11. DriverDude says:

    Ahhh, forget about Win32 compatibility, or Win16, or DOS… we need to do it the way CP/M did.

    Even on Win64. :=)

    By the way, anyone know if CP/M runs in Virtual PC? (Does it need special PC/XT hardware?) I can’t find my copy now…

    "The Personal Computer was intended to be used by mere mortals."

    The PC was also affordable by mere mortals.

  12. Keithius says:

    @SET BLASTER:

    Oh geez, those were the days… ;-)

    *smiling fondly with nostalgia, sort of*

  13. Cooney says:

    Ahhh, forget about Win32 compatibility, or Win16, or DOS… we need to do it the way CP/M did.

    Or we could sideline the cmd.exe stuff and restart with a bash style interpreter. nothing gets broken and we get saner operation.

  14. Zathrus says:

    @bd_,

    Not quite. If you just invoke the script (e.g. — ./foo  or foo if it’s in your path) then it does use the shebang to figure out the proper interpreter.

    If, however, you ask it to source the script (. ./foo) then it will use your CURRENT shell to interpret the script — which may be a problem if the script was written for bash and you’re running ksh, etc. (or it’s not even shell, but perl, etc)

    Yes, MS has been stuck with the "source by default" for ages now because of how DOS 1.0 was implemented. But, to get back to the previous issue, you can certainly make Monad/PowerShell get environment changes from a shell, although it takes some hackery to do so (and I’ve seen this done in Perl to get env changes from a shell script) — you basically take the current environment, run the shell script, and then print out the shell’s environment prior to exiting. You can then parse the output and either just set your environment directly, diff the two, or do various other hacks. Yes, it’s ugly — but there’s no clean solution to this *IF* the script you’re executing is being handled by a different interpreter!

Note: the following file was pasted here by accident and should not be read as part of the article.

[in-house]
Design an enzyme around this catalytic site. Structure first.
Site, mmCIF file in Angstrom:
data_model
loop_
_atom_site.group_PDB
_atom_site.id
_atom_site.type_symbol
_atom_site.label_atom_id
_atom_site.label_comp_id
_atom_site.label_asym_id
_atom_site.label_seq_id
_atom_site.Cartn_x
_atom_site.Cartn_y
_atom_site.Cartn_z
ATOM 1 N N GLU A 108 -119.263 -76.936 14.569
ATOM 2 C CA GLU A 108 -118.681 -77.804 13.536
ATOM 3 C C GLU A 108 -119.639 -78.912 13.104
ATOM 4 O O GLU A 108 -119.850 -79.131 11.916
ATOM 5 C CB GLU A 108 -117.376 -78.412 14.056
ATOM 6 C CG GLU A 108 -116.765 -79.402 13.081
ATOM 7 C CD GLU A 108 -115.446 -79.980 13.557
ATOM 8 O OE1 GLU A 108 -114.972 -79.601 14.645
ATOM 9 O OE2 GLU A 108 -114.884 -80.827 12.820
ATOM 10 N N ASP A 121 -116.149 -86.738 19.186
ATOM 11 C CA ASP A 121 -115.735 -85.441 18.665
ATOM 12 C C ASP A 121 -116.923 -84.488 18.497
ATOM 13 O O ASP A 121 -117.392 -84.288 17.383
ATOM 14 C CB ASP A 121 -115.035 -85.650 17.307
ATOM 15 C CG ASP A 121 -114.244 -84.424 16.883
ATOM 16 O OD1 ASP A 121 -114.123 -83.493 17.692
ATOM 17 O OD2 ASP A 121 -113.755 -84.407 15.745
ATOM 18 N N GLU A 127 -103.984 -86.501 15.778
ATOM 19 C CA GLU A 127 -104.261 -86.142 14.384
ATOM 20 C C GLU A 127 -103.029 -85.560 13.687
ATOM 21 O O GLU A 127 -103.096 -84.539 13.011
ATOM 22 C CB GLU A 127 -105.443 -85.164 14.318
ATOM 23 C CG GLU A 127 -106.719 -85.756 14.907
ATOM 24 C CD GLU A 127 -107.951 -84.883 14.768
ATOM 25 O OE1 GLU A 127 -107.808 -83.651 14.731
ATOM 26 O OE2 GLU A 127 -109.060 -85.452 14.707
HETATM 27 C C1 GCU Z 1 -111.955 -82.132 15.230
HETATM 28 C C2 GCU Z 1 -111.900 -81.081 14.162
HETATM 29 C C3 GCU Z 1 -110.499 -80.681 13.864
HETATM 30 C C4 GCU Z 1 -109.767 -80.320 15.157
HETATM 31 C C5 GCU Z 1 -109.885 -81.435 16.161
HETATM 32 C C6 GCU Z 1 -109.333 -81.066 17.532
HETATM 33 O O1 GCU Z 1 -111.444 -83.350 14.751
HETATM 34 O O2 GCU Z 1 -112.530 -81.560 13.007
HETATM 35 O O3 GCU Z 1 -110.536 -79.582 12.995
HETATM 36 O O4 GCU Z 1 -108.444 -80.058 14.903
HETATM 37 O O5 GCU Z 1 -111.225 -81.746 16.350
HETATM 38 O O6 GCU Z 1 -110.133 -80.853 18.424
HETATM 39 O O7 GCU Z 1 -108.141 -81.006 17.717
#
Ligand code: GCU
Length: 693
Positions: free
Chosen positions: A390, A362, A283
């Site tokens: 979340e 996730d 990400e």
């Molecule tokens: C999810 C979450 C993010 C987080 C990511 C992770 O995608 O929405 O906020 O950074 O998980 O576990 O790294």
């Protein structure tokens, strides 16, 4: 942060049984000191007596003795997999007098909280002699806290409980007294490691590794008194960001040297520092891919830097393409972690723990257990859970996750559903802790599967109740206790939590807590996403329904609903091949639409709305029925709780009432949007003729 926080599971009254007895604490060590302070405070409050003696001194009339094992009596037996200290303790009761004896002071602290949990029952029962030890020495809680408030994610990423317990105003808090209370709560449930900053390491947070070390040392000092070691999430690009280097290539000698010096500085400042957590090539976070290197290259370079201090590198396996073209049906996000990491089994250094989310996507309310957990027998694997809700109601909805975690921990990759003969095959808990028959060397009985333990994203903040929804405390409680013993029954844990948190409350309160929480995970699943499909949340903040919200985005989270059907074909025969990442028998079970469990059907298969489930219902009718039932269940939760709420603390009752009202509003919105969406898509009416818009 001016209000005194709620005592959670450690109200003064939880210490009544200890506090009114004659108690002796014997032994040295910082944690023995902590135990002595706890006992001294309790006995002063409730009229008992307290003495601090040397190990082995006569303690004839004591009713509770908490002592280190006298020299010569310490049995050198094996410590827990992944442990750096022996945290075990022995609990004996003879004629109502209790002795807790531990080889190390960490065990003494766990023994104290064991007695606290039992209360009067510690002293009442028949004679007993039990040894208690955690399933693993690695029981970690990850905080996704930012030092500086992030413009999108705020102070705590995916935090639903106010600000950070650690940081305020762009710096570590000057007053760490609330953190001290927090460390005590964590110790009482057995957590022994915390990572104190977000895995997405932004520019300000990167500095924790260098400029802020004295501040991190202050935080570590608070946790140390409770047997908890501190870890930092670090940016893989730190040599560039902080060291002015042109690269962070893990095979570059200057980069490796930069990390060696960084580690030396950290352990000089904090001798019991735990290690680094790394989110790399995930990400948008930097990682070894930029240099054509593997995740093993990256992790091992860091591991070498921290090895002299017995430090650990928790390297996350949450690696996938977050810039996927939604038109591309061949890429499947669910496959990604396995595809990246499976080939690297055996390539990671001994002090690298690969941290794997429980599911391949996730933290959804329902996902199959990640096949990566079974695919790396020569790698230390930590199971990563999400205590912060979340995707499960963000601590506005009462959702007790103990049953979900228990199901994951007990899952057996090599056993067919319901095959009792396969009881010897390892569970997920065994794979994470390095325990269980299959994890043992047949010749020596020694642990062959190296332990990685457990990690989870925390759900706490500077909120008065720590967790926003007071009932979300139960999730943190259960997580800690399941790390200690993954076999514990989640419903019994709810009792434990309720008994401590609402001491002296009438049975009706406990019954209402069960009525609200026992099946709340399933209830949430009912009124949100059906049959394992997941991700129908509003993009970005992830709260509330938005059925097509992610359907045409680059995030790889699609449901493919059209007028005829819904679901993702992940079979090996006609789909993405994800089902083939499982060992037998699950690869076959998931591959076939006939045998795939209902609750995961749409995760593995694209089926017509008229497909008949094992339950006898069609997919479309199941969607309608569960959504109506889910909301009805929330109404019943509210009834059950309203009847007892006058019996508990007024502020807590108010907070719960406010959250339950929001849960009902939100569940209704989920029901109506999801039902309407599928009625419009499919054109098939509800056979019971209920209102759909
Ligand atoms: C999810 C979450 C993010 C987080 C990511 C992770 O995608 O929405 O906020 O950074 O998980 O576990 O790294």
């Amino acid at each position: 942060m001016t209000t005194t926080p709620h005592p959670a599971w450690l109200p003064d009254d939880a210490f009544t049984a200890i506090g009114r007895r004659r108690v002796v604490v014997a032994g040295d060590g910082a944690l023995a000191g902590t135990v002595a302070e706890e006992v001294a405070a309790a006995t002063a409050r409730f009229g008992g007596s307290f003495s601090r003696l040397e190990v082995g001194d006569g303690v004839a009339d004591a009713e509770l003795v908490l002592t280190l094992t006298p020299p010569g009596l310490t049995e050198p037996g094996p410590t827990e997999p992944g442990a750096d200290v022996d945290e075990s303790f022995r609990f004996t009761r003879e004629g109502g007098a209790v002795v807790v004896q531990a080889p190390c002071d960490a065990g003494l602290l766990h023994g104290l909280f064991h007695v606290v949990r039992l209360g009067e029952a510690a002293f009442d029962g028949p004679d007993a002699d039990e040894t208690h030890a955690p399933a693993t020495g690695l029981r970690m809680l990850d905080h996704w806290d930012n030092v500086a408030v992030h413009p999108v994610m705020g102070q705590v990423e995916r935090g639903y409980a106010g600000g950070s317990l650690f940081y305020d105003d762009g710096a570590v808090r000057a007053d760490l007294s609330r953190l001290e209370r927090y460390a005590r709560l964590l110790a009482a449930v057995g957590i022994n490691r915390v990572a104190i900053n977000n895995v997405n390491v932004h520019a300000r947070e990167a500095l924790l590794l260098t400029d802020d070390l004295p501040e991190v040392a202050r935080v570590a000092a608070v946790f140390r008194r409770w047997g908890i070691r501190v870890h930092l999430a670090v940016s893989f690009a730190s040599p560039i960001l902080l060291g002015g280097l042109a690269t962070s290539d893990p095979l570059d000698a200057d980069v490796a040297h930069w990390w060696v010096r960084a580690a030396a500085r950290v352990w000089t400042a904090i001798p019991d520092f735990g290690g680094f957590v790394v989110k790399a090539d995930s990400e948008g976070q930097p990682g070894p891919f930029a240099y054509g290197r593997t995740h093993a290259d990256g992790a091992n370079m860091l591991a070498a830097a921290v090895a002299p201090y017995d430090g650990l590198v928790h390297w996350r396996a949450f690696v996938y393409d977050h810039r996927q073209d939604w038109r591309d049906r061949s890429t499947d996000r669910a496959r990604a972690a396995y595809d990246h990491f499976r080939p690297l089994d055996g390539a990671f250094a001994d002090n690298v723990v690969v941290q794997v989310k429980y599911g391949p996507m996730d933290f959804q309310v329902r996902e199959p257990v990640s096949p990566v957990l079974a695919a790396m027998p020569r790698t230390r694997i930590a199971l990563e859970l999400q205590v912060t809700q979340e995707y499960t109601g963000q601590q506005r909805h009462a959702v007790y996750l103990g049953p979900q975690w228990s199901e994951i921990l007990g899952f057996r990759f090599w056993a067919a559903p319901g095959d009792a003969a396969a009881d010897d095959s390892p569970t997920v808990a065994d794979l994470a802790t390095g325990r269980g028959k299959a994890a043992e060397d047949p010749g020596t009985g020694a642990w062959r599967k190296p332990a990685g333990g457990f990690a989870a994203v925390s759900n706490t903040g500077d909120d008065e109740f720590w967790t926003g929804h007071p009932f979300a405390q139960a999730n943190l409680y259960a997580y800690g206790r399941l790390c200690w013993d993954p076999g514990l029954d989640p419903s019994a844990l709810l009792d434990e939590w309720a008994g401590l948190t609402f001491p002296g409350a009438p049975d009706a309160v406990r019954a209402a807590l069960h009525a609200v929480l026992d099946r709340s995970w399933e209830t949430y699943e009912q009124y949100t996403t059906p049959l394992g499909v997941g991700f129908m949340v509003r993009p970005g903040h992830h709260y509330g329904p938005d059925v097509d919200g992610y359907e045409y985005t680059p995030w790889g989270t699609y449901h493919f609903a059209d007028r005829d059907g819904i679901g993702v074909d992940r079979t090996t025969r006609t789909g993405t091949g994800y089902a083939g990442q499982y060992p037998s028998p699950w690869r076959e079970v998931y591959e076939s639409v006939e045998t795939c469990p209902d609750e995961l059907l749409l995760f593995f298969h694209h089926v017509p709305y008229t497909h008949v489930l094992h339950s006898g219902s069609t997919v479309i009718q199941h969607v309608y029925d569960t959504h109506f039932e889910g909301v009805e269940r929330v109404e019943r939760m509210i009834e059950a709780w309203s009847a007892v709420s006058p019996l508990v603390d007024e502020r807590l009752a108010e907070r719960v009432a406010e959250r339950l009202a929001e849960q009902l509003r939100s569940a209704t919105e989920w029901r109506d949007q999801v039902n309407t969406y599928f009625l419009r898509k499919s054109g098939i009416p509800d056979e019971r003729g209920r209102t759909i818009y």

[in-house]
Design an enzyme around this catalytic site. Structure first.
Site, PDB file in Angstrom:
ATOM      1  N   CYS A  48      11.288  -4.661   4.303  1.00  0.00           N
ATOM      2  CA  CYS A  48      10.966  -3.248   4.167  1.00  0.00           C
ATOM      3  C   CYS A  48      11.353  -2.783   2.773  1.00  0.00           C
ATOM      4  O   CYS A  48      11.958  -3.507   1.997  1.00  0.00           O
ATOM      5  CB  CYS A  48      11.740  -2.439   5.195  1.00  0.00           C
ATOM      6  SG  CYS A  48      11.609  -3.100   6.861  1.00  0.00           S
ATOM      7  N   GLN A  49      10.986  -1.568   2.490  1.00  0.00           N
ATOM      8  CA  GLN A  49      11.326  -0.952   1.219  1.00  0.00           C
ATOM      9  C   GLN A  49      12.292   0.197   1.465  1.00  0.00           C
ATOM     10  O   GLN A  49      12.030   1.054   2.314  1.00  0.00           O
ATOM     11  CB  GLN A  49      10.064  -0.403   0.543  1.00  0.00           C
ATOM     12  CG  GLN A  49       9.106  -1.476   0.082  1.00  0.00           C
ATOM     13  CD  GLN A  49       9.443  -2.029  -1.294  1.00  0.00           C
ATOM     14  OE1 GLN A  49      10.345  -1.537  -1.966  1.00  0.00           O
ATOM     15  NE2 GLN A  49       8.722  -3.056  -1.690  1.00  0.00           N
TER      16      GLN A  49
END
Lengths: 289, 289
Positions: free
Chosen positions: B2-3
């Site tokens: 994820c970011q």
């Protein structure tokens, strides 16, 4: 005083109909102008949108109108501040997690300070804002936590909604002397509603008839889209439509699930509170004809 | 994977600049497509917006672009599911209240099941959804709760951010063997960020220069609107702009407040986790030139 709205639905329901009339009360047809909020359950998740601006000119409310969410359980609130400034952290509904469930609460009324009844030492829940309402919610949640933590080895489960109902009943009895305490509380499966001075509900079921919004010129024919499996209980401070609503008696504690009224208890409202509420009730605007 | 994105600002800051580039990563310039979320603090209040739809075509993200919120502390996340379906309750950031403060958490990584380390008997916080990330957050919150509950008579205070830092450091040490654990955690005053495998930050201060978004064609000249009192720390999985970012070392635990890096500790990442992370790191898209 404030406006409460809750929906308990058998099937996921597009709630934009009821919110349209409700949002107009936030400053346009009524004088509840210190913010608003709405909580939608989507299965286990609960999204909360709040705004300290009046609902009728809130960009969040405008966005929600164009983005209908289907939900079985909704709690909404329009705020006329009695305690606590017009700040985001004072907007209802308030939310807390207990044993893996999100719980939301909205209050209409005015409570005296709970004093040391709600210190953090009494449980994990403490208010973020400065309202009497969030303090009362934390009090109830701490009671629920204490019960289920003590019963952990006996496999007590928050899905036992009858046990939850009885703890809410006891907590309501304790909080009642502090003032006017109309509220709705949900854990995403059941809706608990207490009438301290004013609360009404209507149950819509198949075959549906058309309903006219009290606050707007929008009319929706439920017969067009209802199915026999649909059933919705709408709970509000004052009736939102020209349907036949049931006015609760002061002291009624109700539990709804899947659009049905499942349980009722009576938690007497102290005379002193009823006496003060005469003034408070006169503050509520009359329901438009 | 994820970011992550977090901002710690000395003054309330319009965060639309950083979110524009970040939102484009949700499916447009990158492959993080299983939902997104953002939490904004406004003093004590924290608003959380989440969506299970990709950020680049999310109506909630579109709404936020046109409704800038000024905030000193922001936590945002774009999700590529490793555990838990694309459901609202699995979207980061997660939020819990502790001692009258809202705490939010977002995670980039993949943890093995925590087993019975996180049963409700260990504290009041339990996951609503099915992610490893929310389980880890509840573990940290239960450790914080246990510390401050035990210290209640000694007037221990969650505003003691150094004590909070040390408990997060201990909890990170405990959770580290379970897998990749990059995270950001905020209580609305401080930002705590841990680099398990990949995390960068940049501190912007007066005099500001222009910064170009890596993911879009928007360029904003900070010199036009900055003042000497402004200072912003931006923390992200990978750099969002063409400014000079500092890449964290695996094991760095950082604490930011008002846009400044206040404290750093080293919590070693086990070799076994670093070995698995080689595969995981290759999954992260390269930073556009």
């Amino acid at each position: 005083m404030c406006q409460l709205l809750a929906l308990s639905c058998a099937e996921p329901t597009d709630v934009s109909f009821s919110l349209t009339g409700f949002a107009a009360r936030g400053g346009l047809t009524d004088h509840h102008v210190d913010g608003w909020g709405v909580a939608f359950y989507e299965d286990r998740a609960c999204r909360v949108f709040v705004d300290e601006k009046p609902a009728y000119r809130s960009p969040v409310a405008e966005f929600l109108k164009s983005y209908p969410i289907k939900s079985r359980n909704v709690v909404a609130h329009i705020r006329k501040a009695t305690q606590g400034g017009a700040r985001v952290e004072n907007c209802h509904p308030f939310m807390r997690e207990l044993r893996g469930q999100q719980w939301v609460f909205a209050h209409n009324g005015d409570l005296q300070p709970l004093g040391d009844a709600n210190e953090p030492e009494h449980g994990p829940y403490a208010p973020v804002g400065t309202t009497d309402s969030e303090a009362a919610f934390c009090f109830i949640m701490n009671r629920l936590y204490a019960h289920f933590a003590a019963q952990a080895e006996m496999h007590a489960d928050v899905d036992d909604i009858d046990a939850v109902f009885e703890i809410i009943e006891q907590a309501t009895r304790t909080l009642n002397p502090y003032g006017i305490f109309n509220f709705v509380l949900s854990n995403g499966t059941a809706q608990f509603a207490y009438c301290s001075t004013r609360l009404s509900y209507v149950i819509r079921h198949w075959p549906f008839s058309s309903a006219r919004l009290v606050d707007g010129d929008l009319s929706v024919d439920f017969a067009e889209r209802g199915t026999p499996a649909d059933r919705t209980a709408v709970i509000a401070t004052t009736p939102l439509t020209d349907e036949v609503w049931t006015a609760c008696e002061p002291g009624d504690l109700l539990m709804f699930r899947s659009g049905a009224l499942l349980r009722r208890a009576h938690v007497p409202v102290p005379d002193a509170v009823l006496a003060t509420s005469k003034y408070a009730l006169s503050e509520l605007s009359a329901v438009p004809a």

The only other option to the above would be to violate child process memory protection and let you peek at their environment prior to killing the process. That’s a really bad idea in my opinion, since it violates all kinds of explicit security checks. Which is why Unix doesn’t do it either (see the first two paragraphs).

    As for other environment idiocy — why does Visual Studio *still* not let you change the environment for processes you’re going to debug? Why do I have to quit VS, change the environment (at command-line or via System Properties) and relaunch for such a simple thing?

  15. MS says:

    "Or we could sideline the cmd.exe stuff and restart with a bash style interpreter. nothing gets broken and we get saner operation."

    You mean something like PowerShell?  If you really want, you can get SUA and then you get all sorts of shells.

  16. JamesNT says:

    SET BLASTER….

    Good lord.  Why is it the first thing that came to my mind was configuring my AUTOEXEC.BAT so I could play 7th Guest?

    JamesNT

  17. Zathrus says:

    @John (and @ERock later):

    So after searching for some time on both Google and MSDN, it appears that VS2k5 can set environment variables, by using User Defined Macros on a Property Sheet (c.f. – http://forums.microsoft.com/MSDN/ShowPost.aspx?PostID=149399&SiteID=1 and http://msdn2.microsoft.com/en-us/library/a2zdt10t(VS.80).aspx ).

    Great. Except that in a basic Win32 Console Application I cannot figure out how to do it. Nor is it an option in the real projects I have, but since those are Windows Mobile apps, I’m not really surprised (or concerned; my previous position was cross-platform across Windows and 4 different flavors of Unix/Linux; it was a considerably larger issue then).

    "The Personal Computer was intended to be used by mere mortals."

    And you’re actually going to try to use this as a defense of Windows’ (and DOS’s) convoluted command-line/batch processing? Certainly some design decisions are forgivable (such as the one mentioned in the original post), but FOR’s weirdness?